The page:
Welcome to django-tenants documentation!¶
This application enables Django powered websites to have multiple tenants via PostgreSQL schemas. A vital feature for every Software-as-a-Service website.
Django provides currently no simple way to support multiple tenants using the same project instance, even when only the data is different. Because we don’t want you running many copies of your project, you’ll be able to have:
Multiple customers running on the same instance
Shared and Tenant-Specific data
What are schemas?¶
A schema can be seen as a directory in an operating system, each directory (schema) with it’s own set of files (tables and objects). This allows the same table name and objects to be used in different schemas without conflict. For an accurate description on schemas, see PostgreSQL’s official documentation on schemas.
There are typically three solutions for solving the multitenancy problem.
Isolated Approach: Separate Databases. Each tenant has it’s own database.
Semi Isolated Approach: Shared Database, Separate Schemas. One database for all tenants, but one schema per tenant.
Shared Approach: Shared Database, Shared Schema. All tenants share the same database and schema. There is a main tenant-table, where all other tables have a foreign key pointing to.
This application implements the second approach, which in our opinion, represents the ideal compromise between simplicity and performance.
Simplicity: barely make any changes to your current code to support multitenancy. Plus, you only manage one database.
Performance: make use of shared connections, buffers and memory.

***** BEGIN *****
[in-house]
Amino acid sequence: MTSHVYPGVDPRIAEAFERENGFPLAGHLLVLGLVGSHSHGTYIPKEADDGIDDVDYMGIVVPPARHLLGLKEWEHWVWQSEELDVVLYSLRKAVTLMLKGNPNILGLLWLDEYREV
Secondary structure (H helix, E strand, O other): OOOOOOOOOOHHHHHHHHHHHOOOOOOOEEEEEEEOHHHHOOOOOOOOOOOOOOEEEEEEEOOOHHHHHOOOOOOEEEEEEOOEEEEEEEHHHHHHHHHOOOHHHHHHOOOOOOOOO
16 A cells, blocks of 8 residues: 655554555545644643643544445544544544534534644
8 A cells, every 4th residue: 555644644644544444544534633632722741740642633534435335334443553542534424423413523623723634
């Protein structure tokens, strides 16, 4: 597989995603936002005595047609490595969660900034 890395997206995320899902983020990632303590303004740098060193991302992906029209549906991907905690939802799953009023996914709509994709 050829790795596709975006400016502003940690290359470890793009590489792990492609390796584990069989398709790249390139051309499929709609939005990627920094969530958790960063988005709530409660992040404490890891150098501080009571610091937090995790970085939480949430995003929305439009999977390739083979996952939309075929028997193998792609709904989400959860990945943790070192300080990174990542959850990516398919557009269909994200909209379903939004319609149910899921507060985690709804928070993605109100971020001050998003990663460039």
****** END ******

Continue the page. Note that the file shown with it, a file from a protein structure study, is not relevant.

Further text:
Each solution has it’s up and down sides, for a more in-depth discussion, see Microsoft’s excellent article on Multi-Tenant Data Architecture.
How it works¶
Tenants are identified via their host name (i.e tenant.domain.com). This information is stored on a table on the
public schema. Whenever a request is made, the host name is used to match a tenant in the database. If there’s a match, the search path is updated to use this tenant’s schema. So from now on all queries will take place at the tenant’s schema. For example, suppose you have a tenant
customer at http://customer.example.com. Any request incoming at
customer.example.com will automatically use
customer’s schema and make the tenant available at the request. If no tenant is found, a 404 error is raised. This also means you should have a tenant for your main domain, typically using the
public schema. For more information please read the [setup](#setup) section.
Tenant’s domain name and schema name are usually the same or similar but they don’t have to be!
For example the tenant at http://acme.example.com could be backed by the
acme schema, while
http://looney-tunes.tld could be backed by the
tenant2 schema! Notice that domain names are
not related in any way to schema names! There is also no restriction whether or not you should
use sub-domains or top-level domains.
Schema names and domain names have different validation rules. Underscores (
_) and capital
letters are permitted in schema names but they are illegal for domain names! On the other hand
domain names may contain a dash (
-) which is illegal for schema names!
You must be careful if using schema names and domain names interchangeably in your multi-tenant applications! The tenant and domain model classes, creation and validation of input data are something that you need to handle yourself, possibly imposing additional constraints to the acceptable values!
- Using django-tenants
- Tenant-aware file handling
- Useful links
- Get Involved!